Todd McKinnon: A Startup Is a Marathon, Not a Sprint

Todd McKinnon: A Startup Is a Marathon, Not a Sprint


GUEST MENTOR Todd McKinnon, founder and CEO of Okta: It takes a long time, a decade or more, to build an important technology company. Don’t lose sight of that, even though you’re in startup mode right now. You can burst onto the scene and attract a lot of ephemeral hype, but the goal is to transcend it and build something that’s great and long-lasting.

Anybody who’s in the startup game to build a real business with staying power must realize that it’s a marathon, not a sprint. Plan accordingly or you’ll fizzle out. Work at a pace that’s sustainable for the long term. That’s not to say you won’t need to sprint at times (say, when shipping a key feature, closing an important customer or preparing for your first round of investor meetings) or spend a night or two on the office couch before a big meeting, but in the grand scheme of things, achieving balance is the only way to be successful in the long run.

See what other startup mentors have to say about work-life balance.

Prioritize. Every few months, I write down my personal goals. They vary every time, but I always frame them according to my priorities of family, health and work (in that order). Everything else, friends, advising startup founders, investing or charity — I’m on the board of directors for Family House, a not-for-profit organization that provides temporary housing for ill children being treated at the UCSF Children’s Hospital — falls below that line. Similar to building a startup, it’s critical to focus on a few key areas in your life instead of attacking everything at once (and risk spreading yourself too thin).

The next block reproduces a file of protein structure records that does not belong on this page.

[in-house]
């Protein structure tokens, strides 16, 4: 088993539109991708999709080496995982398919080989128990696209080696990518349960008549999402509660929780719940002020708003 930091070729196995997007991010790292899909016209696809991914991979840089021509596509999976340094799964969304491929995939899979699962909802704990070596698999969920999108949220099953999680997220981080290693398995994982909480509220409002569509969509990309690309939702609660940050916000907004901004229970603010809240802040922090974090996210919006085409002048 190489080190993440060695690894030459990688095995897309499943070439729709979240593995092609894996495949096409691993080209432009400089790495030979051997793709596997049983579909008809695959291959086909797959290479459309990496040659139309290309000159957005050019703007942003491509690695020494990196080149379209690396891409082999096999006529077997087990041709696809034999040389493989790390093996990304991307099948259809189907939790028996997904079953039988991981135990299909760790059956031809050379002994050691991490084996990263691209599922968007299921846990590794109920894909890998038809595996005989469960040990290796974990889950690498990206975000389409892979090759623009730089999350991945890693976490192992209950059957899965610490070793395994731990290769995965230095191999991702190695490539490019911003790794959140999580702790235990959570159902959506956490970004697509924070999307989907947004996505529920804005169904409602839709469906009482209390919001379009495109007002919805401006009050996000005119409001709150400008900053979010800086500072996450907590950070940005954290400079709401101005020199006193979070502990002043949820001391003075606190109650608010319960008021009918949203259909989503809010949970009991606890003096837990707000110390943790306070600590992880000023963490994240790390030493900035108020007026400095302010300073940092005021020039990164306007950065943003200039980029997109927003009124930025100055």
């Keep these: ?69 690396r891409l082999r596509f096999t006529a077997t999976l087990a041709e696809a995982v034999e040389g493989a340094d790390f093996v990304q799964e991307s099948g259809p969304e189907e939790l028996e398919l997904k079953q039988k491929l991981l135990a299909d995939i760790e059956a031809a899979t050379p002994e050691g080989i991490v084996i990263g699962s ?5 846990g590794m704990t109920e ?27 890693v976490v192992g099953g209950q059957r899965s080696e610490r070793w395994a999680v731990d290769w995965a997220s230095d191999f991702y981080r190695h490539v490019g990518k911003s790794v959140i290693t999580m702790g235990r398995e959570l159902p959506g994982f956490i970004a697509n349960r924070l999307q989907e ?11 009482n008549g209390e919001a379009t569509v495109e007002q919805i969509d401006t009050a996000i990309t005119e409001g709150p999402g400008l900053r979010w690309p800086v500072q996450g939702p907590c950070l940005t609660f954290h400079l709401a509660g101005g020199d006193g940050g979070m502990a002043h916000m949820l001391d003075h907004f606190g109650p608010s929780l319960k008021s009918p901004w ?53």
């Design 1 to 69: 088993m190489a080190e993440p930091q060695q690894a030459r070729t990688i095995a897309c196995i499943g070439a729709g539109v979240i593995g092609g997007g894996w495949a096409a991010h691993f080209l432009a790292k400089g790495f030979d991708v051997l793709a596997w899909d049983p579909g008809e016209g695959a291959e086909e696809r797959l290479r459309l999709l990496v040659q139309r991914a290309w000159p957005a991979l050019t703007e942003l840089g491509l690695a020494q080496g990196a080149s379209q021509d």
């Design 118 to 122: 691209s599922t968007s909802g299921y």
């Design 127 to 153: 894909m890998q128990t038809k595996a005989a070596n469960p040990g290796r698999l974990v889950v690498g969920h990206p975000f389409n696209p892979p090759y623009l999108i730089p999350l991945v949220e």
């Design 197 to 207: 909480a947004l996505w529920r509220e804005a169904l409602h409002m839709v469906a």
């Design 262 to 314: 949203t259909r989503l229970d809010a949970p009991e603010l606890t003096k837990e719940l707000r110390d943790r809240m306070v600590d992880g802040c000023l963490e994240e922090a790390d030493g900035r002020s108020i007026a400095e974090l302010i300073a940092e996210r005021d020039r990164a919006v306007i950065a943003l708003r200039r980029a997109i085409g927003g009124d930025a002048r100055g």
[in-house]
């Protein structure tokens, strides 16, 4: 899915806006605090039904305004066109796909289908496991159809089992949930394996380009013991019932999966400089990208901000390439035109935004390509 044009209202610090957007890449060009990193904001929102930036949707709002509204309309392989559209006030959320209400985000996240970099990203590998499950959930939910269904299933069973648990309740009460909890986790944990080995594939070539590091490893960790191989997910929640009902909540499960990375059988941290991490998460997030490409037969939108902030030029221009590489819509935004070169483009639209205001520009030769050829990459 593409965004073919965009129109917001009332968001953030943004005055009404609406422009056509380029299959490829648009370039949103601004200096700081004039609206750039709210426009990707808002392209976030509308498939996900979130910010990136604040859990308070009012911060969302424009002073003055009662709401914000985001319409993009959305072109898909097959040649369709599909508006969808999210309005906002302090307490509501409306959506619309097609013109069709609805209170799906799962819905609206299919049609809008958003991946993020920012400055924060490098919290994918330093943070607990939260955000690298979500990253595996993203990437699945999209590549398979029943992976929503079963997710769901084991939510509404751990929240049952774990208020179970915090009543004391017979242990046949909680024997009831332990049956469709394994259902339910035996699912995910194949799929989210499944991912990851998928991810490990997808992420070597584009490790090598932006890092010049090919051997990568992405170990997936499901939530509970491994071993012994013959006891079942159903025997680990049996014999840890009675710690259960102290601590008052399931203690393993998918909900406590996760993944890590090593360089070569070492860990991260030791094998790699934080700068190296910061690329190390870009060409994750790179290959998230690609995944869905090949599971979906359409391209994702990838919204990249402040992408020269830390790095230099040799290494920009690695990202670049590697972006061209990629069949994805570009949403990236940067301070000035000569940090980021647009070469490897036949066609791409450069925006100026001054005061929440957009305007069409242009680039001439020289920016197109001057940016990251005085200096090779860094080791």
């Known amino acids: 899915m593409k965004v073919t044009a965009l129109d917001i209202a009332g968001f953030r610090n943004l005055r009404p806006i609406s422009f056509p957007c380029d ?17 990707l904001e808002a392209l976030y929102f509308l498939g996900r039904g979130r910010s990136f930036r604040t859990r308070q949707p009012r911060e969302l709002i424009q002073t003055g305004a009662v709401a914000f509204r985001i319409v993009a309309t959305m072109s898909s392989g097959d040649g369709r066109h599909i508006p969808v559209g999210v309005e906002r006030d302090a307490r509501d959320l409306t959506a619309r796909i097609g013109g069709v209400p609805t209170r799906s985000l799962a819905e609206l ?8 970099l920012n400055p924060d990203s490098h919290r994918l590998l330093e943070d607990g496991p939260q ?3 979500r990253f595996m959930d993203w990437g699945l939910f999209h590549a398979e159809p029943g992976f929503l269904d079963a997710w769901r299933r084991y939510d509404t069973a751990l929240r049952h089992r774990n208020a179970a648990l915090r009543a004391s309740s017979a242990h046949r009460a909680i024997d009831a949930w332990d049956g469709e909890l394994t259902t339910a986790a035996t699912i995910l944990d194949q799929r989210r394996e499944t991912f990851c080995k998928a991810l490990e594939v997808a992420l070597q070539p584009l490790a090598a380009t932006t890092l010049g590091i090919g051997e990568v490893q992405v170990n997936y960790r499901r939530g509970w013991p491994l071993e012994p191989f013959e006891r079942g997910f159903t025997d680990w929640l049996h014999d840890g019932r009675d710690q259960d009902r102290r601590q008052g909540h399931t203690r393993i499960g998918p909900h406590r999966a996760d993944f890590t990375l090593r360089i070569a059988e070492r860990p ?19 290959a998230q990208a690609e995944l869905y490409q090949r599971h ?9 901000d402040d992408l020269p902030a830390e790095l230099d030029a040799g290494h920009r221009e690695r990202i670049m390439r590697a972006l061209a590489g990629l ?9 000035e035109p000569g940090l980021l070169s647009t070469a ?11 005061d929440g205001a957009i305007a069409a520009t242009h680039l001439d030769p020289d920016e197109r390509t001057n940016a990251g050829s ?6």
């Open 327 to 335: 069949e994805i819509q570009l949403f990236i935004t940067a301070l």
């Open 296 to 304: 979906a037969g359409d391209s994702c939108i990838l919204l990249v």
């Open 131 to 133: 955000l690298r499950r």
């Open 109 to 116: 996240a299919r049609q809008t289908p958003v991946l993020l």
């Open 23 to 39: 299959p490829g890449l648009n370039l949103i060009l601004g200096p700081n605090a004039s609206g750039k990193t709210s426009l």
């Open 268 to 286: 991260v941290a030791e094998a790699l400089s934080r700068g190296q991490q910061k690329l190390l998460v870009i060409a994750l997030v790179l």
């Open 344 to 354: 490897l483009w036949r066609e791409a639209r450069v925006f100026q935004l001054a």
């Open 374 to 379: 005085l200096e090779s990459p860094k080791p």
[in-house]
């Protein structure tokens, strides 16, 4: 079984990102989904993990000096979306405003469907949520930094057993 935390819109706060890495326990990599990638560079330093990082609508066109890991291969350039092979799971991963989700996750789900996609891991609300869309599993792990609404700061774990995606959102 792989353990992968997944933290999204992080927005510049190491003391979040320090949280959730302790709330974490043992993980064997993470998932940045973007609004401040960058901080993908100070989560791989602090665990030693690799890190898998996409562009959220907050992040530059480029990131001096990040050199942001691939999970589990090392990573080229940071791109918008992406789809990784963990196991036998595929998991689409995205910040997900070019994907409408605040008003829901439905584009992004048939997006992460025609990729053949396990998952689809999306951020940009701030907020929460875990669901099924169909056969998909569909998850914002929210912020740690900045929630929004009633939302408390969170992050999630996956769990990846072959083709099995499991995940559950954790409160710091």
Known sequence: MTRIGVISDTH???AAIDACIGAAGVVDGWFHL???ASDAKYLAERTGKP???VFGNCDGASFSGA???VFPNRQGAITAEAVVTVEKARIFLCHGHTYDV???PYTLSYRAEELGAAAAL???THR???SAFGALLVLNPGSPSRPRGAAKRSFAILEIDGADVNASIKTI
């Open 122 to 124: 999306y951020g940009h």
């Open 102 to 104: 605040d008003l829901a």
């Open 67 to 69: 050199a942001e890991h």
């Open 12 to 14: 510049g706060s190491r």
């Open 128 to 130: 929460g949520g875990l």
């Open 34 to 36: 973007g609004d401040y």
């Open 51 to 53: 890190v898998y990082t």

Family Time — No Matter What Time Zone. I have a wonderful wife and two wonderful young children, and they are my No. 1 priority. I leave work at 6:30 p.m. to eat dinner with them, a tradition my wife and I started during the early days of Okta and one that hasn’t changed since. It’s very rare that I miss this. When I’m on the road — as CEO of a growing company, travel is inevitable — my family and I video chat every night. It’s not dinner, but it’s certainly better than nothing. Given the technologies available today, there is no excuse to let a few thousands miles get in the way of these relationships.

Make Your Body Your Machine. Your mental health isn’t the only casualty of an imbalanced life. You’re body will break down if you don’t take care of it — and I don’t sacrifice my health to answer a few more emails. Eat well (and often), get a decent amount of sleep (6-7 hours every night, at least) and exercise. A lot. If the president can find time to hit the gym, so can you.

Regular exercise — whether it’s long bike rides to the North Bay or morning CrossFit sessions — has allowed me to keep the marathon pace required for a startup founder and prepares me for the inevitable sprints, which sabotage my sleep schedule and require extensive travel. Exercise also helps to release the constant stress burden that is startup life.

Leave the Phone at Home. One thing I didn’t expect before starting Okta was how much it would occupy my mind — even when I was with family, friends or on my bike. Like many other founders, my thoughts stubbornly wander back to work often, so I constantly remind myself to be present with what I’m doing (and who I’m doing it with) outside of work. Don’t feel guilty by not working 24/7.

Never lose sight of where you’re going. You may be leading a startup today, but that won’t always be true. The journey from startup to mature company is a marathon, not a sprint, and you might be hiring a former boss in 10 years if you do it right. But run too fast, and you’ll burn out before you get the chance.

Source: – Author: Todd McKinnon.

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